Everyone -- from businesses to sports franchises -- is on a quest to crack the code of the perfect team. Google spent years studying their working teams and determined that success wasn't based on "who" was on a team but on the culture created by the team -- for example, a group that takes turns talking vs. one in which members speak over one another.
Educators are also looking for students who work well together, both socially and academically. Our natural tendency is to rotate students until we discover the right chemistry. However, Google's research shows this isn't the right approach. Instead, we should help students understand how good teams operate and then build a shared set of skills that work, no matter the team's composition. In order for this to happen, students will have to engage in, and reflect on, a variety of collaborative experiences in the classroom. And in response, we'll foster more positive classroom climates, increase students' interpersonal skills, and better prepare them to participate in collective action for change.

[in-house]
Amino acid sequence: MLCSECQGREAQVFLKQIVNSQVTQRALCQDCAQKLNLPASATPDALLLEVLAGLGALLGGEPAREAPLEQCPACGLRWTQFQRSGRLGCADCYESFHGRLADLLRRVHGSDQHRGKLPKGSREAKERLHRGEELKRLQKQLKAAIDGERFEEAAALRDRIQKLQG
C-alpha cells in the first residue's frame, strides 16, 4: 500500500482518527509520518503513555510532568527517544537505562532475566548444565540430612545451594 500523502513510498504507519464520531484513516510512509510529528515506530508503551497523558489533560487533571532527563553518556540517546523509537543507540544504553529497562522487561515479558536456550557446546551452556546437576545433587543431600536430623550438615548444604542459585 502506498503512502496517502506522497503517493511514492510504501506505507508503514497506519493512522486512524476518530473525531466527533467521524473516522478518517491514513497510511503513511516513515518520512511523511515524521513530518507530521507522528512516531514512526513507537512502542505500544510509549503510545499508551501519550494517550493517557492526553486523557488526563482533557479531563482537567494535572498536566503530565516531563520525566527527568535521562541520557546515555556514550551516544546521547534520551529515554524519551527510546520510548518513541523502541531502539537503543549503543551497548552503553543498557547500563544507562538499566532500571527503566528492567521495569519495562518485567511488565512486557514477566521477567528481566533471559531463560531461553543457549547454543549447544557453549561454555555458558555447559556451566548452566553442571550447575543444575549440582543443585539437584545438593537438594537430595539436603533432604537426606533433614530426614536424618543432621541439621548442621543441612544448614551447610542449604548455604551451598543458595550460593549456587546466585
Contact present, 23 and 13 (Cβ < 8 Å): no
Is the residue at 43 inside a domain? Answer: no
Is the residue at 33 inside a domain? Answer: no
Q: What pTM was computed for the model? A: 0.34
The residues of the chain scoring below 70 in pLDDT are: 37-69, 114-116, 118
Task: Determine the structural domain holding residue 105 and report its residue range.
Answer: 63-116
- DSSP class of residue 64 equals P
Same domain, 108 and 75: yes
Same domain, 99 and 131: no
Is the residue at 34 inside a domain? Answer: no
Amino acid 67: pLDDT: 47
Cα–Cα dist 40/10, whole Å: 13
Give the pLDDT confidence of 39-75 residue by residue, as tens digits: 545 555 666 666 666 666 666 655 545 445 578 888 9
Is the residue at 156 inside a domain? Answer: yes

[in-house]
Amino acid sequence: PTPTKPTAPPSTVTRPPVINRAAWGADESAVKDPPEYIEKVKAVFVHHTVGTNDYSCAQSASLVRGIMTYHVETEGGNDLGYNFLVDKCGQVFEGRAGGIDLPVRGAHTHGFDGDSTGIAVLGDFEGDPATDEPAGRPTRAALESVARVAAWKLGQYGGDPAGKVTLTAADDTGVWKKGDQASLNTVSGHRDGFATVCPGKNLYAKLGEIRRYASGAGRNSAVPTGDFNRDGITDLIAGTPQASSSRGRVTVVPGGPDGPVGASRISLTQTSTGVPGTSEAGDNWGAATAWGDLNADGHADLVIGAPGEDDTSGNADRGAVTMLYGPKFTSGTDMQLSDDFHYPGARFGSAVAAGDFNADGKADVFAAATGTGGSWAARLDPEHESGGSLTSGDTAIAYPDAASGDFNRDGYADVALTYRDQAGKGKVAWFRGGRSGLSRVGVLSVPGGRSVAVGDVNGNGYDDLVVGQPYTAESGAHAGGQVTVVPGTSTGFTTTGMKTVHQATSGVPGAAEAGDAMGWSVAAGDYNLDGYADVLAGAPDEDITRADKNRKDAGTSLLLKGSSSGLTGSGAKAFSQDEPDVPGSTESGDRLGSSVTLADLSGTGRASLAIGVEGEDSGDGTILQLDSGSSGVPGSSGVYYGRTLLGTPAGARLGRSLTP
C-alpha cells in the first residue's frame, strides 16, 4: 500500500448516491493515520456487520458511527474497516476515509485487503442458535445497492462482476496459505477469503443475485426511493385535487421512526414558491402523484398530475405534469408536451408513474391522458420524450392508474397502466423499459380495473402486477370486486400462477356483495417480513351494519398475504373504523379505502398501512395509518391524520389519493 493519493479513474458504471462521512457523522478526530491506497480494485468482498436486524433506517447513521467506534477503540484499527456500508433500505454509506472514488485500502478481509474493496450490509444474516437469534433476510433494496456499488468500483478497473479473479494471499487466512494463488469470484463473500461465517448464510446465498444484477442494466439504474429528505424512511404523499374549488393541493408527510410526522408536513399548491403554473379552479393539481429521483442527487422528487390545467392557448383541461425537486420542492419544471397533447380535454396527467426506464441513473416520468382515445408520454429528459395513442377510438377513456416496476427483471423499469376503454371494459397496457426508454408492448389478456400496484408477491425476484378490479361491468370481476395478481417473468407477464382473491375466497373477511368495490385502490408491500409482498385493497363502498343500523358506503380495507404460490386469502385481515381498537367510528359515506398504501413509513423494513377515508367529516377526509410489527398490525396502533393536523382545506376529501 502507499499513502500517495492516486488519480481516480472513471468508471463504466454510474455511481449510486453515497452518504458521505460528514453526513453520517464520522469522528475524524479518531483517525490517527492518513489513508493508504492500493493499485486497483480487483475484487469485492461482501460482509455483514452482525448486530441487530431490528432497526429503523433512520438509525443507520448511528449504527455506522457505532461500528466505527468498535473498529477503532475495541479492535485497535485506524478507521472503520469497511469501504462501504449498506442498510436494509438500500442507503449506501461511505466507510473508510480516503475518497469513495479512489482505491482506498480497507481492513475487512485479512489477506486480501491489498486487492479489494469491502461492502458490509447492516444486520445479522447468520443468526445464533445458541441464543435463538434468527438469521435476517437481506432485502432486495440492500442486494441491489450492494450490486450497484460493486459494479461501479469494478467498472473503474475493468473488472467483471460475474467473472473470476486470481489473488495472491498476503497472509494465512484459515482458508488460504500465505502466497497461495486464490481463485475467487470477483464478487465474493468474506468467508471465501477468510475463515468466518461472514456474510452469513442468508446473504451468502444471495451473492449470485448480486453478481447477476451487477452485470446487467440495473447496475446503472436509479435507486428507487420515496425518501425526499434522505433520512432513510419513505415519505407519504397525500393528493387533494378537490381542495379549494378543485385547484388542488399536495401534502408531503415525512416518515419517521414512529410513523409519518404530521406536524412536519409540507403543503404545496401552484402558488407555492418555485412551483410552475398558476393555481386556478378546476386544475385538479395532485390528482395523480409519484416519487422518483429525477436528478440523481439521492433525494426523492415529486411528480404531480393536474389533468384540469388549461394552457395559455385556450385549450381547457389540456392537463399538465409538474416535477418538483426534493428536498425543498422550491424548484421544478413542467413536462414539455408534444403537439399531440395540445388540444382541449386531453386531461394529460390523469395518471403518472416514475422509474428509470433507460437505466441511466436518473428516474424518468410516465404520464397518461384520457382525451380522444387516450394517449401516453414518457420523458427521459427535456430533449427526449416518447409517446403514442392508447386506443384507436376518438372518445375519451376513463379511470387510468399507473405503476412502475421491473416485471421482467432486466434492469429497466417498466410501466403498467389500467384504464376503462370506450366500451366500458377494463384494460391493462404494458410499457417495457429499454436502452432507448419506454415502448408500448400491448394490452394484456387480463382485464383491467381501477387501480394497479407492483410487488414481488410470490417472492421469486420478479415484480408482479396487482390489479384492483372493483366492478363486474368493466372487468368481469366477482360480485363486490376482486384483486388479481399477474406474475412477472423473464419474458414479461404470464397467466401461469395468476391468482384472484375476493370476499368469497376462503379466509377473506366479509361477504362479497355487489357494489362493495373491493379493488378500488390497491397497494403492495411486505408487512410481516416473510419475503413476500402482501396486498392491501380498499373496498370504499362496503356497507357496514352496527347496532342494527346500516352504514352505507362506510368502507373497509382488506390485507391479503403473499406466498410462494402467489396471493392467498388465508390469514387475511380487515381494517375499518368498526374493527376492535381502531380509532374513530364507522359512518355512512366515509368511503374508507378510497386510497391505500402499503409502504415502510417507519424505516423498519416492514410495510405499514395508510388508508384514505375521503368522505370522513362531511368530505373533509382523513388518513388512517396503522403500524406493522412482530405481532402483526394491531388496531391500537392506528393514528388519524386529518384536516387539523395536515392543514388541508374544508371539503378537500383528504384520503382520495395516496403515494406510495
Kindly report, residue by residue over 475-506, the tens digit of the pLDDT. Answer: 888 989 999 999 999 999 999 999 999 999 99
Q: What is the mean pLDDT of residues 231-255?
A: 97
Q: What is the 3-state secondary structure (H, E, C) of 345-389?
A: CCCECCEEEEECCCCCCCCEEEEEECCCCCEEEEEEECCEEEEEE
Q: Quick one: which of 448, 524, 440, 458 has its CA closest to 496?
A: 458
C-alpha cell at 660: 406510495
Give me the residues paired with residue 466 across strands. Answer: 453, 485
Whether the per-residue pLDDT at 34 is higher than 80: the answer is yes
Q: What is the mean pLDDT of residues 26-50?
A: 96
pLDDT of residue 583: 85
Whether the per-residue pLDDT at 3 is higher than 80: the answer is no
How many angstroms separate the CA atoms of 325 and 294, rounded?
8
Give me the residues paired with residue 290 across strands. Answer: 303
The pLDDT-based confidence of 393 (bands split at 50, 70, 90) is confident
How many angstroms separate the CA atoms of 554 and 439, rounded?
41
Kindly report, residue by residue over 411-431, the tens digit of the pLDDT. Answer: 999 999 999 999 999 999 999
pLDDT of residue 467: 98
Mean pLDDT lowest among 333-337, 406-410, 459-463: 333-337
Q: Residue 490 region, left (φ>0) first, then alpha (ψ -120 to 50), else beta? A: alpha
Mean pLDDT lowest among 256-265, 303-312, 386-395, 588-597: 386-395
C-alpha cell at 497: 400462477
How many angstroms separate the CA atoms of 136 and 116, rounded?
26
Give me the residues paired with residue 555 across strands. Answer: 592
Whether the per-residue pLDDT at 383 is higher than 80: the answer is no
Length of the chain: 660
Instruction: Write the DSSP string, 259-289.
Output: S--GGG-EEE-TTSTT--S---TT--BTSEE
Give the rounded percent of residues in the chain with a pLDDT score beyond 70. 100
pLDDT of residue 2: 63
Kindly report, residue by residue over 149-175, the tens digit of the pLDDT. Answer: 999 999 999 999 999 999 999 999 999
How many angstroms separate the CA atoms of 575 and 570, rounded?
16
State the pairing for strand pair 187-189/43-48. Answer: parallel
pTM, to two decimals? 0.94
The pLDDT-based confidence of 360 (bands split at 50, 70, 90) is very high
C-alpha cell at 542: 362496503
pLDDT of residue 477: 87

Check out these picks to get students working together in teams, practicing good collaboration skills, and reflecting on what makes teamwork important.